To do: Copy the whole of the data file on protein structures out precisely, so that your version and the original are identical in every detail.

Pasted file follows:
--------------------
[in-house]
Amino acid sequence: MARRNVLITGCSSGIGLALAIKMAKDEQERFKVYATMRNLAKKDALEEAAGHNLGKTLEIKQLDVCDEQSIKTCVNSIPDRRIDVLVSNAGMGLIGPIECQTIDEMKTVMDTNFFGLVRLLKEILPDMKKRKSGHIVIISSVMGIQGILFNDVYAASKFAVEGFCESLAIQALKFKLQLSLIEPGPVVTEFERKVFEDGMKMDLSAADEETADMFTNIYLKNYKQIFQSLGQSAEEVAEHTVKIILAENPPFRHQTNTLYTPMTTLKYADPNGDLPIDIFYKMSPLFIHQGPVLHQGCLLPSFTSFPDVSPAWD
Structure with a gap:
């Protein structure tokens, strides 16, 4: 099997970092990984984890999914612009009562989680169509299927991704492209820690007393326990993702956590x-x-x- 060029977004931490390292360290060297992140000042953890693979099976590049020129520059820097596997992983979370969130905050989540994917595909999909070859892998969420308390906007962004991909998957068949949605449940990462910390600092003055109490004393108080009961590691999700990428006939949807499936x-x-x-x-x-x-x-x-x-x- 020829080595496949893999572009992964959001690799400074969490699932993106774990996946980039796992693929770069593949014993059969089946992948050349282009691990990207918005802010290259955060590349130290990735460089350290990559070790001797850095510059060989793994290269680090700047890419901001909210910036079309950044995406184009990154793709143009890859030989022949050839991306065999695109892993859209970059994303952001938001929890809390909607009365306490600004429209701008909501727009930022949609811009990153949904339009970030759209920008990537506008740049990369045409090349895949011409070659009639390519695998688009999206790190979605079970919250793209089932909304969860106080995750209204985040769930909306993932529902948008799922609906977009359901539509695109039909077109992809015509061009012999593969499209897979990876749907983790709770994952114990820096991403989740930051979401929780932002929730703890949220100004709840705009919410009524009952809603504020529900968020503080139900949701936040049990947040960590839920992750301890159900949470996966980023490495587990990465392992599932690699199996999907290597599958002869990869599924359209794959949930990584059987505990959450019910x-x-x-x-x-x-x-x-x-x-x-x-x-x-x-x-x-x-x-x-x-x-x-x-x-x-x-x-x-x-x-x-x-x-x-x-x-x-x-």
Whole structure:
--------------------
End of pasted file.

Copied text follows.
[in-house]
Amino acid sequence: MARRNVLITGCSSGIGLALAIKMAKDEQERFKVYATMRNLAKKDALEEAAGHNLGKTLEIKQLDVCDEQSIKTCVNSIPDRRIDVLVSNAGMGLIGPIECQTIDEMKTVMDTNFFGLVRLLKEILPDMKKRKSGHIVIISSVMGIQGILFNDVYAASKFAVEGFCESLAIQALKFKLQLSLIEPGPVVTEFERKVFEDGMKMDLSAADEETADMFTNIYLKNYKQIFQSLGQSAEEVAEHTVKIILAENPPFRHQTNTLYTPMTTLKYADPNGDLPIDIFYKMSPLFIHQGPVLHQGCLLPSFTSFPDVSPAWD
Structure with a gap:
């Protein structure tokens, strides 16, 4: 099997970092990984984890999914612009009562989680169509299927991704492209820690007393326990993702956590x-x-x- 060029977004931490390292360290060297992140000042953890693979099976590049020129520059820097596997992983979370969130905050989540994917595909999909070859892998969420308390906007962004991909998957068949949605449940990462910390600092003055109490004393108080009961590691999700990428006939949807499936x-x-x-x-x-x-x-x-x-x- 020829080595496949893999572009992964959001690799400074969490699932993106774990996946980039796992693929770069593949014993059969089946992948050349282009691990990207918005802010290259955060590349130290990735460089350290990559070790001797850095510059060989793994290269680090700047890419901001909210910036079309950044995406184009990154793709143009890859030989022949050839991306065999695109892993859209970059994303952001938001929890809390909607009365306490600004429209701008909501727009930022949609811009990153949904339009970030759209920008990537506008740049990369045409090349895949011409070659009639390519695998688009999206790190979605079970919250793209089932909304969860106080995750209204985040769930909306993932529902948008799922609906977009359901539509695109039909077109992809015509061009012999593969499209897979990876749907983790709770994952114990820096991403989740930051979401929780932002929730703890949220100004709840705009919410009524009952809603504020529900968020503080139900949701936040049990947040960590839920992750301890159900949470996966980023490495587990990465392992599932690699199996999907290597599958002869990869599924359209794959949930990584059987505990959450019910x-x-x-x-x-x-x-x-x-x-x-x-x-x-x-x-x-x-x-x-x-x-x-x-x-x-x-x-x-x-x-x-x-x-x-x-x-x-x-």
Whole structure: